Resilience, Psychological Well-being, and Emotional Regulation: A Comparative Study of Military Personnel Vs. Civilian Population


  • Marva Sohail Lahore Garrison University
  • Gulzar Ahmad Lahore Garrison University


Resilience, psychological well-being, emotional regulation, endurance training, military vs. civilian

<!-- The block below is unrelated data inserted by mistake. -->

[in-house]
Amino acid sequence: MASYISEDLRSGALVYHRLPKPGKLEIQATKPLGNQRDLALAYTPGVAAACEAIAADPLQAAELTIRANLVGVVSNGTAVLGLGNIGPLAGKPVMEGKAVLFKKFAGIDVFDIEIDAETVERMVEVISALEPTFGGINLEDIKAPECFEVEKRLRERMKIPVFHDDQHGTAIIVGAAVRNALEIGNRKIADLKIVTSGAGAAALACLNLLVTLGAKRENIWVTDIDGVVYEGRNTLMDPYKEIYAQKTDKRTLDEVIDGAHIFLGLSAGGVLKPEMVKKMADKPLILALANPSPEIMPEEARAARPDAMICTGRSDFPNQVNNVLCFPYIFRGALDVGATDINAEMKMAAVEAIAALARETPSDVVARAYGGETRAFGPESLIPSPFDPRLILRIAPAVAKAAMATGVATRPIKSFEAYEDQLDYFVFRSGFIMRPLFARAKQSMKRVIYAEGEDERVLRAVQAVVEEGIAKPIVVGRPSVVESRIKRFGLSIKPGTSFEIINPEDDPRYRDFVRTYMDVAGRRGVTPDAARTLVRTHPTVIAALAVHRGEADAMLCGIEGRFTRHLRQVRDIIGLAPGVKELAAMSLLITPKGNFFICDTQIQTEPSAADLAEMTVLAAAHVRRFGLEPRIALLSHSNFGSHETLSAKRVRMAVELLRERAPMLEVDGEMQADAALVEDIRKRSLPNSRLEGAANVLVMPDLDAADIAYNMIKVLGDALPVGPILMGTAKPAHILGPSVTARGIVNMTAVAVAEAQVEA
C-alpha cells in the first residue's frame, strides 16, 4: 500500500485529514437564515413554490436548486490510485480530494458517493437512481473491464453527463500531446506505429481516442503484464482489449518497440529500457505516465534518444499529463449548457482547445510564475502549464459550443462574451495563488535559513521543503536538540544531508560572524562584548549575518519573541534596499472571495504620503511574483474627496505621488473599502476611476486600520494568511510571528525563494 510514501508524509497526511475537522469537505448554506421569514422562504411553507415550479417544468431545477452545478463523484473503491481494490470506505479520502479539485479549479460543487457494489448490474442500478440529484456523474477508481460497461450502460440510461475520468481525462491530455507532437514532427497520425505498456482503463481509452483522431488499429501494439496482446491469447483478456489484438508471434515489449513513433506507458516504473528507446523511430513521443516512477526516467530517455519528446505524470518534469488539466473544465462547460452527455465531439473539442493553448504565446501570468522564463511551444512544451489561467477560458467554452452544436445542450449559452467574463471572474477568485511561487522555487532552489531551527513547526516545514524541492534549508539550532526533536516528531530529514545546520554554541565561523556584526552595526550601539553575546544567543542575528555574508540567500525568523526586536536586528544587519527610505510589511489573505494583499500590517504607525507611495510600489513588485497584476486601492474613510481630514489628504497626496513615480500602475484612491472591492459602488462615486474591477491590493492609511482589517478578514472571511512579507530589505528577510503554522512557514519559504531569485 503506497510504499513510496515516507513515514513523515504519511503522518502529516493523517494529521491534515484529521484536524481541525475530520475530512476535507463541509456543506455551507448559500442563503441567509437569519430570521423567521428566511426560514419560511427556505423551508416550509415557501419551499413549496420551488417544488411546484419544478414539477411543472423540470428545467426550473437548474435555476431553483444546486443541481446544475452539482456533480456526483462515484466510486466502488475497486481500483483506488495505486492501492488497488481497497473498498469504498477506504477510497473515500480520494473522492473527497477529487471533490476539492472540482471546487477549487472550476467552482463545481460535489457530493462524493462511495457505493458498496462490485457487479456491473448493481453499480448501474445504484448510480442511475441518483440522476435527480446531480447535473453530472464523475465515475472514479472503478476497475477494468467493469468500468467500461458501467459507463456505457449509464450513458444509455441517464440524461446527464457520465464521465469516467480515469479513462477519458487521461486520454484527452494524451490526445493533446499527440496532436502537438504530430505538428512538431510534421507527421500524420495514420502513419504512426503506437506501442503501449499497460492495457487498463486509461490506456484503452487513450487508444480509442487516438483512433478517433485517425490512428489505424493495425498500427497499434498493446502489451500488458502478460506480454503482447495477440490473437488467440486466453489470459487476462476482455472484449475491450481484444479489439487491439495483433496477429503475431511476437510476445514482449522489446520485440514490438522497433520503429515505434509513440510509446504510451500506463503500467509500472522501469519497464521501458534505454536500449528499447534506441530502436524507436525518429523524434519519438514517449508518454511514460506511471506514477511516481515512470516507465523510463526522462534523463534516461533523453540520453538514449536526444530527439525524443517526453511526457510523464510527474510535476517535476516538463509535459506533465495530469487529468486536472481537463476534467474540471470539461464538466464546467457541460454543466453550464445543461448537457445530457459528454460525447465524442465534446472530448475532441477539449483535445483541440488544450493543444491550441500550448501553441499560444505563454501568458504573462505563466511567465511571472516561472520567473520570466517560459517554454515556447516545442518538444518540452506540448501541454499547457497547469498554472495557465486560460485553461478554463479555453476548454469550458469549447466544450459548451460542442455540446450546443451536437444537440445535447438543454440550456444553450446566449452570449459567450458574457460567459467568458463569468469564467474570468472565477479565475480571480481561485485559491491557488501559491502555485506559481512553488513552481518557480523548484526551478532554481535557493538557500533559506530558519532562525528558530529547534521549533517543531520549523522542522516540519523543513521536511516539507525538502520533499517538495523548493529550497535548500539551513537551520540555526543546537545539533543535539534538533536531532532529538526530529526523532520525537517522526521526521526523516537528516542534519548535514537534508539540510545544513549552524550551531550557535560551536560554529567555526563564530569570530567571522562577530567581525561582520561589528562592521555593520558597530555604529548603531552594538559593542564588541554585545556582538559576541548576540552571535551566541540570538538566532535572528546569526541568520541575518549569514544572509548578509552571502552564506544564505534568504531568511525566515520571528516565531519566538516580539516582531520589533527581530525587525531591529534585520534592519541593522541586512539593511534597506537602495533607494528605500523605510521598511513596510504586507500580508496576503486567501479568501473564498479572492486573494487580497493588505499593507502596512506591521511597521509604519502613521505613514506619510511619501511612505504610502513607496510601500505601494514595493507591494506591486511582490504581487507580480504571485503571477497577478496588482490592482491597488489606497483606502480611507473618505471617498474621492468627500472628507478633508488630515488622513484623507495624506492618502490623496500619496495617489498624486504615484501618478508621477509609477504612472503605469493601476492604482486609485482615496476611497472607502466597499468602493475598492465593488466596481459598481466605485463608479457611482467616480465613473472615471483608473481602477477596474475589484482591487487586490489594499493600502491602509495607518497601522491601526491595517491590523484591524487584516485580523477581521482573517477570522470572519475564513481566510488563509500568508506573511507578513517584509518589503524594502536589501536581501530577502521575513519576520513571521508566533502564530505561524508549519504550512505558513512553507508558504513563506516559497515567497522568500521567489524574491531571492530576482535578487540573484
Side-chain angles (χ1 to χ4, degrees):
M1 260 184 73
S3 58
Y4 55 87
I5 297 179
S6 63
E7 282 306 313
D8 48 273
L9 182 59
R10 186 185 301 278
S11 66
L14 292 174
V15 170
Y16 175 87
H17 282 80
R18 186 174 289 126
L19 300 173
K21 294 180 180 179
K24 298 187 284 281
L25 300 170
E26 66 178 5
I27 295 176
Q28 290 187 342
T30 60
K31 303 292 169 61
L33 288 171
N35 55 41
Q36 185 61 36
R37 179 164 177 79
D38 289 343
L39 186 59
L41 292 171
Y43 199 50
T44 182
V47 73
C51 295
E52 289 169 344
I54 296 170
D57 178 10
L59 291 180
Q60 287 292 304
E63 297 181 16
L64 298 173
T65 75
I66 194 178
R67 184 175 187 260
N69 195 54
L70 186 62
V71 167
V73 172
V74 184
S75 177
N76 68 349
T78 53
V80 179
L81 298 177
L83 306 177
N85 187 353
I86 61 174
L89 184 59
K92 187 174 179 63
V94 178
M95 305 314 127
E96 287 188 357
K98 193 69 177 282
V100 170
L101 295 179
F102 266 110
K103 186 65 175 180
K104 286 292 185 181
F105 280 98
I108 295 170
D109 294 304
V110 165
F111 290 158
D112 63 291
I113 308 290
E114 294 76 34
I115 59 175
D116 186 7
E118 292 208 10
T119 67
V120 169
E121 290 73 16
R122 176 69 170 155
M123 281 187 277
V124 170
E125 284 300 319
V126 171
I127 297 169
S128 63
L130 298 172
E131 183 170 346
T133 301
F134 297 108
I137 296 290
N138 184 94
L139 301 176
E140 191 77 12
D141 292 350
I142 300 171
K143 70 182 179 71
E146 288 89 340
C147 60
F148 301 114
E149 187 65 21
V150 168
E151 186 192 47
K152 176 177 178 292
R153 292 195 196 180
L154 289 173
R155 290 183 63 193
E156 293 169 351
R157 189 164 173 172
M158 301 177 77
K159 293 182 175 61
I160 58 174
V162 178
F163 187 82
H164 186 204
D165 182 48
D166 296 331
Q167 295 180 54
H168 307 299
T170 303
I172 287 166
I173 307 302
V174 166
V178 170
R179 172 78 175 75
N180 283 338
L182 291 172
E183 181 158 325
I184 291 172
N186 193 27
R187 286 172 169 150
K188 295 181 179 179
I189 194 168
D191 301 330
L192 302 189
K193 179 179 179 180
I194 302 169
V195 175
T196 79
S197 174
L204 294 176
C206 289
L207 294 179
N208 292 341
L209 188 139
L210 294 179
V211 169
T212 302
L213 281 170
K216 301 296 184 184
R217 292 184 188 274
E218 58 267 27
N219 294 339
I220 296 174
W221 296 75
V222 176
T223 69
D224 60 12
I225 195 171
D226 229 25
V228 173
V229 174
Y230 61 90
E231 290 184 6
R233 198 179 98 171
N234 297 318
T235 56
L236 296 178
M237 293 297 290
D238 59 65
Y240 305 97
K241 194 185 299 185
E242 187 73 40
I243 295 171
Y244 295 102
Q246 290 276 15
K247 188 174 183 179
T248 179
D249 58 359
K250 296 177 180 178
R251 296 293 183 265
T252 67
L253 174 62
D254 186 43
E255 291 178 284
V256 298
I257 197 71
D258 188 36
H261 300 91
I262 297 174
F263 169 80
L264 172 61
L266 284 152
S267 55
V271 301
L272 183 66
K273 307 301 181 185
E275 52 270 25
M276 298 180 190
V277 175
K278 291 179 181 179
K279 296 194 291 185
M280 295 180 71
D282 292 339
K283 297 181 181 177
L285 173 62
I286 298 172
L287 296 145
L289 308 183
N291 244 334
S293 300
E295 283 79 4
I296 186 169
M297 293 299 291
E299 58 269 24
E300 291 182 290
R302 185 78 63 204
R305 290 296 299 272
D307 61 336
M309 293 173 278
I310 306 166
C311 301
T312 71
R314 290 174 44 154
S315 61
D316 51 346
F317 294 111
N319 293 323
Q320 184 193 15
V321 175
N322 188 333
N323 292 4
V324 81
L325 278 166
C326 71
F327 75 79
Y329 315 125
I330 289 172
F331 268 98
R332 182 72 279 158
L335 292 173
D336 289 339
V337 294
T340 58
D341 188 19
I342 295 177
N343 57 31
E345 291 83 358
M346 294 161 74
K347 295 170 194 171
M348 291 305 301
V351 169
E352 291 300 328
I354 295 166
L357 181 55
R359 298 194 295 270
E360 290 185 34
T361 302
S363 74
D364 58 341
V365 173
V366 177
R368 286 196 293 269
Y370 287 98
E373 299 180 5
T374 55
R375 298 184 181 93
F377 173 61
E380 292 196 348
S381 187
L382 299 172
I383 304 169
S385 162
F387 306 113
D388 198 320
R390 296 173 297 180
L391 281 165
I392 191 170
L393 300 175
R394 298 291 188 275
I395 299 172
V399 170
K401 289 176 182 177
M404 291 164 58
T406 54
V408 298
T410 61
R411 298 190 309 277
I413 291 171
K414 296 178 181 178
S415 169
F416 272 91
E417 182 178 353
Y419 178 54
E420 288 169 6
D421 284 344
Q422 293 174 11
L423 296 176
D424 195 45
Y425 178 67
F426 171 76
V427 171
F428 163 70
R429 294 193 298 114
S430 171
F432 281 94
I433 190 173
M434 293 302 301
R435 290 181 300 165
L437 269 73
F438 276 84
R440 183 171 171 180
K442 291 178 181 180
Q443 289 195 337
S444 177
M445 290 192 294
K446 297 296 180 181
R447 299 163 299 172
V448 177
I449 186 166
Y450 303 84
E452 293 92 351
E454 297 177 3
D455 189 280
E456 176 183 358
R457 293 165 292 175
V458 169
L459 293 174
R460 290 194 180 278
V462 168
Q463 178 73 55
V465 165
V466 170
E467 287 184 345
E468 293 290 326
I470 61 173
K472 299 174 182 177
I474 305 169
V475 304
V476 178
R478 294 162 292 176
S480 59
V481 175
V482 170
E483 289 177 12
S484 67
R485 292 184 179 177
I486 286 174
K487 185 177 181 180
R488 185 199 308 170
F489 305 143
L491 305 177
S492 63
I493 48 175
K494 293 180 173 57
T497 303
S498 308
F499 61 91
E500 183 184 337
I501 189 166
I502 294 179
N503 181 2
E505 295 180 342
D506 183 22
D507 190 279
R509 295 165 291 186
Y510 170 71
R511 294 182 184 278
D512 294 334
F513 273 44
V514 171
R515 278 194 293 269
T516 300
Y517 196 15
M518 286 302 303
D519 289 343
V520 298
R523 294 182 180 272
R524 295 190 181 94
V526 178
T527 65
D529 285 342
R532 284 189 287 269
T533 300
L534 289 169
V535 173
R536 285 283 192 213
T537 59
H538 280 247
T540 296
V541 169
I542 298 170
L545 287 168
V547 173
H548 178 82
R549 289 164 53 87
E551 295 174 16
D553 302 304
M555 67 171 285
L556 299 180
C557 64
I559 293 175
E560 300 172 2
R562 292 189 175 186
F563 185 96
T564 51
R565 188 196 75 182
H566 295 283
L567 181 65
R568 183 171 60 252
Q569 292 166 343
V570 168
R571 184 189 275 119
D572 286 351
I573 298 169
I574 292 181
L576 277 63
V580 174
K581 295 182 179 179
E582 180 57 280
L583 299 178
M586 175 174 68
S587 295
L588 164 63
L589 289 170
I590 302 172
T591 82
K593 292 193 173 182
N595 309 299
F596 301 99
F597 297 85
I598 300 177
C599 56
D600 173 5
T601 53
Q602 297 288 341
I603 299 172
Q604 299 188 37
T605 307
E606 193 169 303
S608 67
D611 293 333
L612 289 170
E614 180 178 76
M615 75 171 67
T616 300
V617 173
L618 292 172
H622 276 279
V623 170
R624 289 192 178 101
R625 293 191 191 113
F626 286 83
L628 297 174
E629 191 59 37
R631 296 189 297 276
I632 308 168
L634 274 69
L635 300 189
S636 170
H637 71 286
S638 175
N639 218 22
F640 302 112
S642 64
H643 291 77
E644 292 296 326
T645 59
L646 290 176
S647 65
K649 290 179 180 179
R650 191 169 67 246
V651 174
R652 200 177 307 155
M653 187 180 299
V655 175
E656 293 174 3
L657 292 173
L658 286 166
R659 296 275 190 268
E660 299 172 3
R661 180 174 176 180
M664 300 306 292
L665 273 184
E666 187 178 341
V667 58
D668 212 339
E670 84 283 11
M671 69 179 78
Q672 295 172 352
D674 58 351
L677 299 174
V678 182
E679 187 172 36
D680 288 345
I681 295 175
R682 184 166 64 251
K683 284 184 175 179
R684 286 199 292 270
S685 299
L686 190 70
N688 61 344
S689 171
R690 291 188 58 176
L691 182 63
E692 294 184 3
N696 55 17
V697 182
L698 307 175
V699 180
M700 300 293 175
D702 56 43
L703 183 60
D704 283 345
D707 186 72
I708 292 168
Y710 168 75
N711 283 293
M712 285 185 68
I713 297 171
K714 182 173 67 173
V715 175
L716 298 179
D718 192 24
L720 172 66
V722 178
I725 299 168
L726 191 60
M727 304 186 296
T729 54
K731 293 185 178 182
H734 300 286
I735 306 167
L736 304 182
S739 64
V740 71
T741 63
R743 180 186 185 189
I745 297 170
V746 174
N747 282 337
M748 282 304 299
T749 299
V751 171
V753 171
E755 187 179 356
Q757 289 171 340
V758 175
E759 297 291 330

Present research aimed to know the difference between military personnel with endurance training and civilian population (with no endurance training), with respect to resilience, psychological well-being, and emotional regulation. Correlation and comparative design was used for this study. A sample of 180 participants with age range of 20-55 years was taken from different walks of military units and civilian population by using snowball sampling, and purposive sampling strategies respectively. The Adult Resilience Measure (Ungar & Liebenberg, 2011), Oxford Happiness Questionnaire (Hills & Argyle, 2002), and Emotional Regulation Questionnaire (Gross & John, 2003) were used to assess variables. The results indicated that the military personnel with endurance training were significantly higher on psychological well-being than the civilian population (with no endurance training); while, the civilian population was significantly higher on expressive suppression facet of emotional regulation than the military personnel. There was a significant positive relationship of resilience with psychological well-being and emotional regulation in each group. Additionally, resilience predicted psychological well-being and emotional regulation in both groups, after controlling the effect of demographic characteristics. This research gives an insight into resilience, psychological well-being, and emotional regulation in military personnel with endurance training and the civilian populations with no endurance training. This research also adds to the body of literature in counselling and clinical psychology especially, in Pakistani perspective.


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